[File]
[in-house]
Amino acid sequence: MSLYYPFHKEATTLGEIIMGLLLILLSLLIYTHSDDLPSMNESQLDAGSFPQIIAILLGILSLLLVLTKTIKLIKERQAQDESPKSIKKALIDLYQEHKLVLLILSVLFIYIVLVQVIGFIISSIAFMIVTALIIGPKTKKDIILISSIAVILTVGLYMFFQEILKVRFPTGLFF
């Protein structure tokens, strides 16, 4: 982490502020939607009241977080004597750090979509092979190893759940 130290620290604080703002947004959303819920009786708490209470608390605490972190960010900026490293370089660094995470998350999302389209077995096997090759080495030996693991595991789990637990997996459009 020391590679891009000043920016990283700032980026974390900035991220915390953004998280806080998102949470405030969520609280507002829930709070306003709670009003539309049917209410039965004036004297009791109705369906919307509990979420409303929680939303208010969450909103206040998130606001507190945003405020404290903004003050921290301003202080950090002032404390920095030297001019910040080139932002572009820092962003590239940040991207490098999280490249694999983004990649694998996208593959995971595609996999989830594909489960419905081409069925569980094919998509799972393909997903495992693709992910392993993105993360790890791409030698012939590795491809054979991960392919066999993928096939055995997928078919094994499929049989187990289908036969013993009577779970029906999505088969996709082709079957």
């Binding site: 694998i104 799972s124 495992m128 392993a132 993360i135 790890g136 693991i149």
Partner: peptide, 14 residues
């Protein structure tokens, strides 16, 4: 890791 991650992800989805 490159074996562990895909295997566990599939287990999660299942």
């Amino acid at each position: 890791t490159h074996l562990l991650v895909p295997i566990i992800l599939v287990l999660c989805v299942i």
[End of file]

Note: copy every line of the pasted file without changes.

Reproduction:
[in-house]
Amino acid sequence: MSLYYPFHKEATTLGEIIMGLLLILLSLLIYTHSDDLPSMNESQLDAGSFPQIIAILLGILSLLLVLTKTIKLIKERQAQDESPKSIKKALIDLYQEHKLVLLILSVLFIYIVLVQVIGFIISSIAFMIVTALIIGPKTKKDIILISSIAVILTVGLYMFFQEILKVRFPTGLFF
């Protein structure tokens, strides 16, 4: 982490502020939607009241977080004597750090979509092979190893759940 130290620290604080703002947004959303819920009786708490209470608390605490972190960010900026490293370089660094995470998350999302389209077995096997090759080495030996693991595991789990637990997996459009 020391590679891009000043920016990283700032980026974390900035991220915390953004998280806080998102949470405030969520609280507002829930709070306003709670009003539309049917209410039965004036004297009791109705369906919307509990979420409303929680939303208010969450909103206040998130606001507190945003405020404290903004003050921290301003202080950090002032404390920095030297001019910040080139932002572009820092962003590239940040991207490098999280490249694999983004990649694998996208593959995971595609996999989830594909489960419905081409069925569980094919998509799972393909997903495992693709992910392993993105993360790890791409030698012939590795491809054979991960392919066999993928096939055995997928078919094994499929049989187990289908036969013993009577779970029906999505088969996709082709079957």
């Binding site: 694998i104 799972s124 495992m128 392993a132 993360i135 790890g136 693991i149």
Partner: peptide, 14 residues
């Protein structure tokens, strides 16, 4: 890791 991650992800989805 490159074996562990895909295997566990599939287990999660299942």
């Amino acid at each position: 890791t490159h074996l562990l991650v895909p295997i566990i992800l599939v287990l999660c989805v299942i």